What went Wrong with Healthcare?

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12 Responses

  1. Howard Wasserman says:

    Maybe it’s a version of what Justice Ginsburg said a few weeks ago: Those who who are betting don’t know and those who know aren’t betting

  2. PrometheeFeu says:

    Here is an alternative: the markets weren’t wrong. Intrade correctly evaluated a 75% ex-ante probability of the mandate being struck down and this case turned out to be in the remaining 25%. The market wasn’t wrong, just unlucky. Prediction markets don’t actually predict the future, they just aggregate knowledge.

    Consider a prediction market on the roll of a die. The market would be correct to price itself at an 83% chance of the result not being a 6. That market does not become wrong just because the die comes up as a 6.

    Of course, this is unappealing and I think inaccurate. (thought the reasoning holds in general) I think a 75% probability was way too high. My guess is that participation in prediction markets is correlated with a certain preference for free-markets and libertarianism. Such people would be more likely to want to believe the mandate unconstitutional and be ready to pay money to demonstrate that fact.

  3. A.J. Sutter says:

    If we accept PrometheeFeu’s point, which I think is on the right track, then what may be misleading some people is to call it a “prediction market,” rather than a market estimating probability distributions. Moreover, even though it aggregates “knowledge,” it’s in a condition of extreme knowledge asymmetry, as Justice Ginsburg mentions. So it’s not particularly high-quality knowledge. Moreover bis, unlike a die, which can be rolled under more or less repeatable conditions, a ruling such as this is not repeatable. So from a frequentist point of view, what the “market” is coming up with isn’t even a probability distribution: it’s simply an opinion distribution, under conditions of extreme information asymmetry.

  4. Brett Bellmore says:

    Another point is, you might correctly estimate the odds in, say, a boxing match, based on past performance. You’re still going to get blindsided if the champ decides to take a dive.

    The prediction markets were right, it turns out: Roberts had the votes to win. He decided to lose, instead. He took a dive.

    Who can predict that sort of thing? Everybody thought it hinged on what Kennedy had for breakfast, not whether the Chief Justice would decide to twist himself into a pretzel finding an excuse to uphold a law he surely thought was unconstitutional.

  5. Joe says:

    Back in the 1790s, though I have no idea if Brett ever thinks the Constitution was actually correctly applied,* justices noted that they would only overturn federal laws when they were absolutely sure of their position. Roberts didn’t feel he met such a heightened test that factors in to how justices carry out the weighty activity of overturning federal law.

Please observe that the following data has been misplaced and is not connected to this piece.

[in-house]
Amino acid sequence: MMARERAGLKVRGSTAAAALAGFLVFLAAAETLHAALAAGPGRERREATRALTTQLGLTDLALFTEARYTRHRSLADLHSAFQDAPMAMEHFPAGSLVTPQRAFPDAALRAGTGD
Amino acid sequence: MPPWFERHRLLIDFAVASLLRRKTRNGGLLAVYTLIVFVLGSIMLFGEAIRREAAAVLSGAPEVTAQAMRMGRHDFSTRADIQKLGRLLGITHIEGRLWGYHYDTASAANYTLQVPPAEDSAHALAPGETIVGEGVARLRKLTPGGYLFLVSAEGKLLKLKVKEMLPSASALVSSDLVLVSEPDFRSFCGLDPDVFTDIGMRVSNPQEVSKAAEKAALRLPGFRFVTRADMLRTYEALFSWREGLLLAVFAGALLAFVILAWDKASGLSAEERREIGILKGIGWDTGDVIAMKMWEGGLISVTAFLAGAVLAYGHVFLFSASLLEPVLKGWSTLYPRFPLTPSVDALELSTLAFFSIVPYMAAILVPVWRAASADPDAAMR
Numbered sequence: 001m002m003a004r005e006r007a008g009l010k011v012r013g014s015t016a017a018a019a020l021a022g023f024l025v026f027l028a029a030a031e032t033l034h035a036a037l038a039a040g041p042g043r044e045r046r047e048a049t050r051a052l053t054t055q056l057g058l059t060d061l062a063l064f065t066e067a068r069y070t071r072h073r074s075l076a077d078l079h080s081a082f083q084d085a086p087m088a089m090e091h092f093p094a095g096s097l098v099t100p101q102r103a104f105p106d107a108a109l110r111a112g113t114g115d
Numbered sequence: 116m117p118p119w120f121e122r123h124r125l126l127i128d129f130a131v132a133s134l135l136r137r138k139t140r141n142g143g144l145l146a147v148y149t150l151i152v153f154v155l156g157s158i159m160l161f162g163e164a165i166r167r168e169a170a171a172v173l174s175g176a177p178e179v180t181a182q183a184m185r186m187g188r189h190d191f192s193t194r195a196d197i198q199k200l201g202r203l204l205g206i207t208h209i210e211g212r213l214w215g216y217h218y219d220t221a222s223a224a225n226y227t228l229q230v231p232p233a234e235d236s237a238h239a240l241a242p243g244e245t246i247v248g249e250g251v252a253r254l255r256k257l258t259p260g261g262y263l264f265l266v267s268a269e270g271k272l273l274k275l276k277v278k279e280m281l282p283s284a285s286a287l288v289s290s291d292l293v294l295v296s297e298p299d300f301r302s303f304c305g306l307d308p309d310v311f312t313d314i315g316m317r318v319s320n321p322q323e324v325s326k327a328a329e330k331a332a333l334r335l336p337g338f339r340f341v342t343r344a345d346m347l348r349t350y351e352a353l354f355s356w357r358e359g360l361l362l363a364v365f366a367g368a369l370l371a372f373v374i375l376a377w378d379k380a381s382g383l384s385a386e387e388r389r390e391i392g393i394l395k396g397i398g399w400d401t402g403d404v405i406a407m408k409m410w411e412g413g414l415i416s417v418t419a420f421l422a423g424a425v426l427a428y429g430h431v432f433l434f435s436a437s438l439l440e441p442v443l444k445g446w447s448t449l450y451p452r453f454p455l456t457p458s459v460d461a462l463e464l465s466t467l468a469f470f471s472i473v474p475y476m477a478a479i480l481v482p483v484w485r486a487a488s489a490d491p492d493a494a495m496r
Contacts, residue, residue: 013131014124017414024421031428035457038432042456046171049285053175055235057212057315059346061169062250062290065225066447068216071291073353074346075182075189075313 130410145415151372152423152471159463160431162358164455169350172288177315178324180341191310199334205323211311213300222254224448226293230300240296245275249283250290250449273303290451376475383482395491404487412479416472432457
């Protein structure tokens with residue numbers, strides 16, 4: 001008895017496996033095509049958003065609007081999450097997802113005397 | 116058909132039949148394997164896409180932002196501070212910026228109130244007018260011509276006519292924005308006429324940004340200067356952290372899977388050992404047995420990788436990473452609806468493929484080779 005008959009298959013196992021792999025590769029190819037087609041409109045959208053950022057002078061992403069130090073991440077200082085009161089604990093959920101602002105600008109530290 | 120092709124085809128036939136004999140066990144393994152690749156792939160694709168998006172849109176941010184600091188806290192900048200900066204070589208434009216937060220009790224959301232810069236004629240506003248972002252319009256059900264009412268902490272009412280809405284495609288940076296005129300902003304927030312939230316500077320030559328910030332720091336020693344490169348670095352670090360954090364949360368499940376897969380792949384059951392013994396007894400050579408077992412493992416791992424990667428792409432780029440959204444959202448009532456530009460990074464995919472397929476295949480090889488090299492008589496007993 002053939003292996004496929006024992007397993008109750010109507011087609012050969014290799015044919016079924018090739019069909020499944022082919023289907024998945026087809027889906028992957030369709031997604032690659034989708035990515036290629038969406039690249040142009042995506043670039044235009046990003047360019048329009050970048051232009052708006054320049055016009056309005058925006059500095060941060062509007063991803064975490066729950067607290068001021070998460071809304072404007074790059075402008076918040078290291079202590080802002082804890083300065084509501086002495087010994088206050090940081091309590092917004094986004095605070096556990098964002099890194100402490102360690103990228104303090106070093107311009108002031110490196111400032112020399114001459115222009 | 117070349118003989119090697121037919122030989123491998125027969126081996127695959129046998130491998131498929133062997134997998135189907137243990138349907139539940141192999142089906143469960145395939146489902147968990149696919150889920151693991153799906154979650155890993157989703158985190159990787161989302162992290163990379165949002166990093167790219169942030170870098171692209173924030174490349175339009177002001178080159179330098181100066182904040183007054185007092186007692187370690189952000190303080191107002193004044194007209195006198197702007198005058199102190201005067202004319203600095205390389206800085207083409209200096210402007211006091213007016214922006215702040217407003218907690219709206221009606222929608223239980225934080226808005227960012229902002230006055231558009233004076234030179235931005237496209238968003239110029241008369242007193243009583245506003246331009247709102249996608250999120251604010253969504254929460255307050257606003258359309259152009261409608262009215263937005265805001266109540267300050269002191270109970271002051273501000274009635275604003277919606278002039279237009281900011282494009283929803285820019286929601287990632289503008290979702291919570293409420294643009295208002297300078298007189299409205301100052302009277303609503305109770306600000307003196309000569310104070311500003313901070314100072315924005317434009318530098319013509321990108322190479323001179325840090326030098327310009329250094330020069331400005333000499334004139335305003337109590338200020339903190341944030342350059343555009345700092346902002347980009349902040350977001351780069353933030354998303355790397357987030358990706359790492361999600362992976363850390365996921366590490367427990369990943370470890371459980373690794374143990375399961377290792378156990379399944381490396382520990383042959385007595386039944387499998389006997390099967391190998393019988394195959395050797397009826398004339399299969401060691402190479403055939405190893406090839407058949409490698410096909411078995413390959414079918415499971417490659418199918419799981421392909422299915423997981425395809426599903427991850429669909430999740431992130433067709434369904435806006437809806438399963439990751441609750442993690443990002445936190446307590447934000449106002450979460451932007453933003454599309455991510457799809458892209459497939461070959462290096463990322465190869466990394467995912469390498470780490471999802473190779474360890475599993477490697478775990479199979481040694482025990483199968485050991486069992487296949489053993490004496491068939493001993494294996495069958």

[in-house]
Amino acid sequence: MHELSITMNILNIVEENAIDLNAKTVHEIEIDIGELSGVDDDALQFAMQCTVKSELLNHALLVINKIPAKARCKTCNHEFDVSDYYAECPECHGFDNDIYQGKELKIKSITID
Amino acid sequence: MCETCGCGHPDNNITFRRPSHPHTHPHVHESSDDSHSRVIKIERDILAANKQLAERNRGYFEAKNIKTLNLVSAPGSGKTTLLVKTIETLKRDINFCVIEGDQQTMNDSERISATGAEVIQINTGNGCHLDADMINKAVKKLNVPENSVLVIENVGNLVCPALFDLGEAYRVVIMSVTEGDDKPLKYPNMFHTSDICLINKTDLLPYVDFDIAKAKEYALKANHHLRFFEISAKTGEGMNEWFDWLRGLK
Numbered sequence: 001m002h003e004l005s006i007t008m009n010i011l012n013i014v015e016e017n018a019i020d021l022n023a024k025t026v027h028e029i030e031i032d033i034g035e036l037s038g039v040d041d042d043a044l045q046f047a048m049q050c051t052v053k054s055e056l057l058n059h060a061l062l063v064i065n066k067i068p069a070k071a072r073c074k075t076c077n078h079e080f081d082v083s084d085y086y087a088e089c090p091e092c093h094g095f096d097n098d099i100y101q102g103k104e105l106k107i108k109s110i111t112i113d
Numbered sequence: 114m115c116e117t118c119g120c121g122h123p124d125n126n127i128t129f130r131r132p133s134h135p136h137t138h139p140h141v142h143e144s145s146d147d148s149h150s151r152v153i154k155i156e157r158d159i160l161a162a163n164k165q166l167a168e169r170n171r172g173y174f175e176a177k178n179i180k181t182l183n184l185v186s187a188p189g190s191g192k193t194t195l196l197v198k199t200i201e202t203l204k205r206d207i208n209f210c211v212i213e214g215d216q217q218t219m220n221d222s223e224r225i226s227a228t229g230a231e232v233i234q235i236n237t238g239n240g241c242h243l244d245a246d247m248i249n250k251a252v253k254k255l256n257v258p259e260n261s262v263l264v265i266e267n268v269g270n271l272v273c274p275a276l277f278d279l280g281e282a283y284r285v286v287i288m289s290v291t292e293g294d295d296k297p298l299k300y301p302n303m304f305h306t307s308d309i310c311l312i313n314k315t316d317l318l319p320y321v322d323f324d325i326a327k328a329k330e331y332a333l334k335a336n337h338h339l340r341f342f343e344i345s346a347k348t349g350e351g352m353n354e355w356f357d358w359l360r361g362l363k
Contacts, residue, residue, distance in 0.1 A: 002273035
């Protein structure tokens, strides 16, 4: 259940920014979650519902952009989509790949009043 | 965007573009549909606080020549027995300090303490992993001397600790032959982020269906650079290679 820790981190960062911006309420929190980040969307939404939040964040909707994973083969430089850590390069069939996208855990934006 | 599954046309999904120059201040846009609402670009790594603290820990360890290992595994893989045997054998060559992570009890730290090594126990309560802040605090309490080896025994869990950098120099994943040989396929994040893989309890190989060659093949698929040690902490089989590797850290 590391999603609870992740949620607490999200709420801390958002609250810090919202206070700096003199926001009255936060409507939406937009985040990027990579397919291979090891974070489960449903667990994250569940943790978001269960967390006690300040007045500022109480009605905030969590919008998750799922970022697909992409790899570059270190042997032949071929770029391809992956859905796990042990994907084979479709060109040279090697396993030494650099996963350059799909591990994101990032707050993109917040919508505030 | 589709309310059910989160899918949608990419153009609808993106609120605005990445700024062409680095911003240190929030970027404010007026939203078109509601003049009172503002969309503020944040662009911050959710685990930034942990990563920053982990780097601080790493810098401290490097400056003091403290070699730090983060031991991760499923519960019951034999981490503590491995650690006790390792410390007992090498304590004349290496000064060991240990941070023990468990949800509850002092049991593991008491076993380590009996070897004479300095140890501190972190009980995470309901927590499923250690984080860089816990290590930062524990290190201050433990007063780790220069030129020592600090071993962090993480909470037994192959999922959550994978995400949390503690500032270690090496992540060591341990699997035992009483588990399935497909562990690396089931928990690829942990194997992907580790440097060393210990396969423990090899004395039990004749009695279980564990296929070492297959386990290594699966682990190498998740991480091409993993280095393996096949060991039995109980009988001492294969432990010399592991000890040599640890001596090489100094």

* For those not aware, Brett has alluded to his belief that currently the courts simply don’t properly interpret the Constitution, at times suggesting some time (like the New Deal) was the turning point. Randy Barnett et. al. also think the ND was a nadir. Not seeing the days beforehand as ideal, I find this sentiment dubious.

  6. Actually Josh Blackman’s platform had it about right – lots of uncertainty gets you the ~54% to ~46% split that was present before the decision.

    A useful question to be asking here is why the compositional differences in the respective crowds (Intrade v. FantasySCOTUS) generated the spread between {27%=Affirm Intrade} vs. {46%=Affirm FantasySCOTUS} … and turn how that might be leveraged to generate a better prediction engine.

    Best,
    Dan

  7. Shag from Brookline says:

    Brett should be aware that the decision making process at SCOTUS is not as simple as ordering a mail-order-bride. Brett accuses CJ Roberts of taking a dive. But he fails to accept that Justices Scalia, Thomas and Alito have long been in the tank for conservative causes. No, CJ Roberts, did not take a dive, he merely refused to Join the Etna cesspool. And Justice Kennedy apparently doesn’t like competition in swinging. Yes, Brett continues with his chronic case of “Wick-burn,” for which there is no soothing balm.

  8. Miriam A. Cherry says:

    Thanks, everyone for some interesting thoughts/comments. Yes, the Josh Blackmun / Fantasy SCOTUS market was more correct. He seemed to think that it was because of the way that the questions were phrased on that market versus the way that Intrade phrased it. Very interesting!

  9. Another possibility would be that prediction markets do not do particularly well with decisions that are left up to one person. After all, there is such a thing as free will.

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  11. Metler Law says:

    “the crowd is basically all equally uninformed” – great quote. I feel this way about the majority of politics today.

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